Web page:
Tips for staying warm and fed during a winter emergency

If a winter storm causes power to go off, and travel was treacherous, would you be able to stay in your home for some time and wait until it comes back on – or would you be forced to brave the conditions and find somewhere else to stay for a while?
Being prepared for an emergency such as this should take place during good weather. The storms come, but there is no fear when one knows they can keep their family and pets warm and fed for several days or weeks while waiting for things to return to normal.
According to Ray Palermo, director of relations at Response Insurance, some things should receive attention before an outage include:
• Chimneys for wood-burning stoves and fireplaces should be checked for any creosote buildup to prevent a possible chimney fire.
• Home heating systems should be checked by a professional for energy efficiency, proper operation and carbon monoxide leaks. Check your carbon monoxide detector and smoke alarms too.
• Windows and doors let a great deal of cold air in. Windows and doors should be weather striped or caulked as necessary.
• Almost half of a home’s heat escapes through the roof. It is recommended all attics have insulation with a minimum of R-45.
• Residents who use electricity to heat their homes are recommended to have a back up plan if the power should go out.
The first thing to remember is that it isn’t necessary to heat the entire house. Choose an area, preferably an interior room with few windows on the south side of the home. Hang plastic, towels, blankets or use cardboard to section off an area that can accommodate a family, making it easier to heat. Protect pipes from freezing with heat tape and a heat source under sinks, near washers, and other appliances that use water.
It is best to have a portable heater that is indoor safe approved, however consumers should be careful in their selection as some emit fumes that can be deadly. Mr. Heater makes portable radiant heaters that have an oxygen depletion sensor that automatically shuts the heater off if air circulation is reduced. Another option is a catalytic heater by Coleman. The portable cylinders required to run these heaters weighs just one pound and are easily stored. The possibility of carbon monoxide poisoning can exist without proper ventilation. It is recommended to have someone awake at all times during the use of alternative heating, both to keep the room heated and check the pipes, but also in the event fumes begin to overtake.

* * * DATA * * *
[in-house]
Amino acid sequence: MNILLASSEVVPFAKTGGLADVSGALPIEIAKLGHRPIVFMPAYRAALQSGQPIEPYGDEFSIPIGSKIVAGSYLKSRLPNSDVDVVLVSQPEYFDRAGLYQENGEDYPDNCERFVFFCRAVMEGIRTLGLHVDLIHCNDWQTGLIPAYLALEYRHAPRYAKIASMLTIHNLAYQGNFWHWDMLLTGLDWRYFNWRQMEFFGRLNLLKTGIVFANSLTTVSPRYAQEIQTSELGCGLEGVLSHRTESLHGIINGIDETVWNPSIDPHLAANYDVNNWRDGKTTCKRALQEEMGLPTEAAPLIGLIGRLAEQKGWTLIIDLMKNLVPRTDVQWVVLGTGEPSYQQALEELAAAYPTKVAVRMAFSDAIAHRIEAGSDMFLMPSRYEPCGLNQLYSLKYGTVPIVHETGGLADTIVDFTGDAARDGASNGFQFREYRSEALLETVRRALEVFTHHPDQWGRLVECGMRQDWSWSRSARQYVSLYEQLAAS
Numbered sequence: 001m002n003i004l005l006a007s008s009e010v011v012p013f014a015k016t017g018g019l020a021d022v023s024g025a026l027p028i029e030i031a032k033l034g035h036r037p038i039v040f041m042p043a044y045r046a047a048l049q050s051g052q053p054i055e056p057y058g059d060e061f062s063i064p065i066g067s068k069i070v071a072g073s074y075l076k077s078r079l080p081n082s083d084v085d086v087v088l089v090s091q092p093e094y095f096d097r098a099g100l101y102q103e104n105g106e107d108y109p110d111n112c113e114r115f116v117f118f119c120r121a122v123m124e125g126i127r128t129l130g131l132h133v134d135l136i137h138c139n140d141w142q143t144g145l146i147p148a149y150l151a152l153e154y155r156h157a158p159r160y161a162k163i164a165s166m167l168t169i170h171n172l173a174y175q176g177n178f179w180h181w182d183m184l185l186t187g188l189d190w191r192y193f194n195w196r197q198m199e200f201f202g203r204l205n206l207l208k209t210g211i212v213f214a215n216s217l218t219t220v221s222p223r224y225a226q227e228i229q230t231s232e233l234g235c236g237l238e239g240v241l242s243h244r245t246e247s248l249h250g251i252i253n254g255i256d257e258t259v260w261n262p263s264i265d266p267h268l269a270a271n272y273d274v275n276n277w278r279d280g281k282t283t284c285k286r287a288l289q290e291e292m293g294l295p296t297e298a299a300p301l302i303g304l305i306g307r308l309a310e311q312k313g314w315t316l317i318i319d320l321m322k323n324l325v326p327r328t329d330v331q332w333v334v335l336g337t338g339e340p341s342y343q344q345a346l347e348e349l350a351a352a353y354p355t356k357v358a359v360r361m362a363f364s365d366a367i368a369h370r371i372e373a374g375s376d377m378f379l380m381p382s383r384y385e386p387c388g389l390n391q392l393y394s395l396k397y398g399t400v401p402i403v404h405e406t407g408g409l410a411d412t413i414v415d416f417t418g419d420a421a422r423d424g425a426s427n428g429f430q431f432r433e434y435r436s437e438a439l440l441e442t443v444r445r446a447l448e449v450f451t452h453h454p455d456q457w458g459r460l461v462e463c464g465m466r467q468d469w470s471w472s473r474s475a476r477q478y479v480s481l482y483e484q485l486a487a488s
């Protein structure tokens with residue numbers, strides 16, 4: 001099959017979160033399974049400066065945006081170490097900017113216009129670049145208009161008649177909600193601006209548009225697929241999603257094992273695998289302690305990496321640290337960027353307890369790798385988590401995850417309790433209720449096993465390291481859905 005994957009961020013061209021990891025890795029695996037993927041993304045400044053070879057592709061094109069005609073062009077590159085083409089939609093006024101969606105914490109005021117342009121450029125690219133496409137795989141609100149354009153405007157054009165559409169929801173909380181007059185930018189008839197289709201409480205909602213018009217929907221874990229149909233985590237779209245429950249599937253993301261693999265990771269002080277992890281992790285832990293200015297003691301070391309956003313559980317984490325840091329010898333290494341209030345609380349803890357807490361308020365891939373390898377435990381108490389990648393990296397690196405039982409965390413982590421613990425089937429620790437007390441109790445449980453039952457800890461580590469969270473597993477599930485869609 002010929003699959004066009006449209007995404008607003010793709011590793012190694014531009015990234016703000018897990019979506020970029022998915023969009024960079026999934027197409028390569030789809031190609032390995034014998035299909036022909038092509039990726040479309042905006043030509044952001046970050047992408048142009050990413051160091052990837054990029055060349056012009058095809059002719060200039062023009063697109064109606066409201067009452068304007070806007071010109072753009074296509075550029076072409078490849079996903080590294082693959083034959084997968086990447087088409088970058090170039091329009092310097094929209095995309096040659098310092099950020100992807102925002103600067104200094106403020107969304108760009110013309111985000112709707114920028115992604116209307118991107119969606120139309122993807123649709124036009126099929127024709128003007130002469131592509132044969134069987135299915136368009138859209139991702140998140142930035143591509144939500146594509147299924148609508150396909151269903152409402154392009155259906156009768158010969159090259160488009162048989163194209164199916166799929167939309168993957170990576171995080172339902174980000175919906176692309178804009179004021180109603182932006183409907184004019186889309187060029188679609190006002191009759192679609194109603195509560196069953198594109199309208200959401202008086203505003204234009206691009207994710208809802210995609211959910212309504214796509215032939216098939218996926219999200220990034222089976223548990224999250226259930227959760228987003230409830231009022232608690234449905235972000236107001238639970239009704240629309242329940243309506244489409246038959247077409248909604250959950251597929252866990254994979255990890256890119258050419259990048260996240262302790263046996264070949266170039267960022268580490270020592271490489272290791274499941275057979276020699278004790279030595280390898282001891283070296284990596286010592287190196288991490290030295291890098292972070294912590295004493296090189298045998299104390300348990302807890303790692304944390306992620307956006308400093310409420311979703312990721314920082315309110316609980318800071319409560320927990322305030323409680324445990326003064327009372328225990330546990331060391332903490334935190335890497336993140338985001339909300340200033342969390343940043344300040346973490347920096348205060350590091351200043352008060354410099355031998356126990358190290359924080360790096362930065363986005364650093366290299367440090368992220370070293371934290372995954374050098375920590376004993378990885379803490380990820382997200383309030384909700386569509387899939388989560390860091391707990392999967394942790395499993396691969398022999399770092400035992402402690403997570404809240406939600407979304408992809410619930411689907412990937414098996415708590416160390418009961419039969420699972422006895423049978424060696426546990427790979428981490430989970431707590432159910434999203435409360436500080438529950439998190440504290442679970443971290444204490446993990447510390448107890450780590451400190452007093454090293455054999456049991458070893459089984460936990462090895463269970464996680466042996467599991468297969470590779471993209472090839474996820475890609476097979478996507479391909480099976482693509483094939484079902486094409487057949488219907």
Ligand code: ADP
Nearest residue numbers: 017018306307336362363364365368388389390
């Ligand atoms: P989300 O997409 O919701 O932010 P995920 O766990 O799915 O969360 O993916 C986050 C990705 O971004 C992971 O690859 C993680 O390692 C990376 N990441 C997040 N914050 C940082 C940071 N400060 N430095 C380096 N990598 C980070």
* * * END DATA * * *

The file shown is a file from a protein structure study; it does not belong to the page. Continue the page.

Woodstove, coal stove, grill or fireplace are also great places to heat bricks or rocks that can be wrapped in heavy towels or blankets to warm a bed, or to place in a container to heat another area. They hold heat for quite a while.
A gas-powered generator is a great investment as it can operate during an extended outage. Batteries may be recharged and the refrigerator kept running, but it does require gasoline and therefore a supply. Generators should not be operated inside of a home or a garage. A supply of propane or wood will be necessary, but must be stored away from the house and garage.
Anytime fuels are used, there should be items on hand to use in the event of a fire. A fire extinguisher should be nearby and readily available. Buckets of sand, containers of salt, baking soda, heavy blankets and water are also important to have on hand.
Besides the fuel to operate heat sources, it is recommended to have a supply of blankets, sleeping bags, sweatshirts, coats, mittens, hats and scarves. Dressing in layers helps the body retain heat. Hand pocket warmers and heat packs can also be utilized.
If the power is out for an extended period of time, decisions may need to be made concerning how big of an area to heat, what to do about the pipes, keeping frozen food frozen, cooking, bathing/hygiene, travel and other daily living needs.
A cell phone (charged) is recommended as contact may be made with neighbors, employment, family and emergency services if necessary. It is also advisable to have a weather radio to keep abreast of the conditions.
Lighting could make matters more difficult so residents should consider battery-powered lights or camping lanterns, however if the lanterns are fueled with propane, or kerosene, ventilation is a must. A window should be opened at least an inch on each side of the room.
Batteries for radios, CD players, power inverters, flashlight or other lighting can be part of a storage kit.
Food should be kept on hand that is easy to cook on a portable stove, over the fireplace, on an outside grill or in a dutch oven. Breakfast bars, jerky, cheese, peanut butter and crackers are some other examples of foods recommended to keep on hand. Bottled water, packaged drinks and hot chocolate should also be part of a storage package.
How to operate equipment and procedures for an emergengy should be discussed on a regular basis with family members.
Food, water and fuel supplies that will last for a month are generally sufficient. It is a good idea to have a month’s worth of prescriptions if possible, a good first aid kit, a general home repair kit, pet food and pet meds, and ice melt in addition to living supplies.
Some Richmond residents may remember the ice storm of 2001. People reported being without power for three weeks in some areas. Being prepared for such a crisis should take place before the crisis, and winter is well underway. Take some time this weekend to consider your preparation as the colder temperatures arrive again this weekend and into next week.
– Additional information from Dennis Pavan of Camp Safe Coalition and

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